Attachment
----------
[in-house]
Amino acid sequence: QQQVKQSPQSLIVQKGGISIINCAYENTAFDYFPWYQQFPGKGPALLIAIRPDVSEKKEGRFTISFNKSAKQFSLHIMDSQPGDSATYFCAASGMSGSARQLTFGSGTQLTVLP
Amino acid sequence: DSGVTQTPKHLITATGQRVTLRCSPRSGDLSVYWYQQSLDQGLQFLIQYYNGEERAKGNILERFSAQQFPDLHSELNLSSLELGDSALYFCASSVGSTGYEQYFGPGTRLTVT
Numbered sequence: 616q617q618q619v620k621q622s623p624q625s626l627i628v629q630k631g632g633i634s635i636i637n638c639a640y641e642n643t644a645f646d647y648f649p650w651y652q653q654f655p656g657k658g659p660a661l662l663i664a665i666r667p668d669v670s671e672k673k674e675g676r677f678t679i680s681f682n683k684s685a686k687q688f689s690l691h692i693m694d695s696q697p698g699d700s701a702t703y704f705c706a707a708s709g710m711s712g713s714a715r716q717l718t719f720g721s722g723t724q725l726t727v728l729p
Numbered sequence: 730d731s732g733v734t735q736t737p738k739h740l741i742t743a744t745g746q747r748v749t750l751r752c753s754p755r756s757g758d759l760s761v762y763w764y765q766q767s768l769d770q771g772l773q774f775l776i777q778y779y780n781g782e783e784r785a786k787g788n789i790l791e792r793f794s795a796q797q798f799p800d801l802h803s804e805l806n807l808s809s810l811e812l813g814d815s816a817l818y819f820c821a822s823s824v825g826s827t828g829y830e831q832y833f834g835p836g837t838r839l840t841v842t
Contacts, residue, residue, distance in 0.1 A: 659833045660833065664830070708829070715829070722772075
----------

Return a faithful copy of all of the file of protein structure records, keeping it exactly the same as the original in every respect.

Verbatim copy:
[in-house]
Amino acid sequence: QQQVKQSPQSLIVQKGGISIINCAYENTAFDYFPWYQQFPGKGPALLIAIRPDVSEKKEGRFTISFNKSAKQFSLHIMDSQPGDSATYFCAASGMSGSARQLTFGSGTQLTVLP
Amino acid sequence: DSGVTQTPKHLITATGQRVTLRCSPRSGDLSVYWYQQSLDQGLQFLIQYYNGEERAKGNILERFSAQQFPDLHSELNLSSLELGDSALYFCASSVGSTGYEQYFGPGTRLTVT
Numbered sequence: 616q617q618q619v620k621q622s623p624q625s626l627i628v629q630k631g632g633i634s635i636i637n638c639a640y641e642n643t644a645f646d647y648f649p650w651y652q653q654f655p656g657k658g659p660a661l662l663i664a665i666r667p668d669v670s671e672k673k674e675g676r677f678t679i680s681f682n683k684s685a686k687q688f689s690l691h692i693m694d695s696q697p698g699d700s701a702t703y704f705c706a707a708s709g710m711s712g713s714a715r716q717l718t719f720g721s722g723t724q725l726t727v728l729p
Numbered sequence: 730d731s732g733v734t735q736t737p738k739h740l741i742t743a744t745g746q747r748v749t750l751r752c753s754p755r756s757g758d759l760s761v762y763w764y765q766q767s768l769d770q771g772l773q774f775l776i777q778y779y780n781g782e783e784r785a786k787g788n789i790l791e792r793f794s795a796q797q798f799p800d801l802h803s804e805l806n807l808s809s810l811e812l813g814d815s816a817l818y819f820c821a822s823s824v825g826s827t828g829y830e831q832y833f834g835p836g837t838r839l840t841v842t
Contacts, residue, residue, distance in 0.1 A: 659833045660833065664830070708829070715829070722772075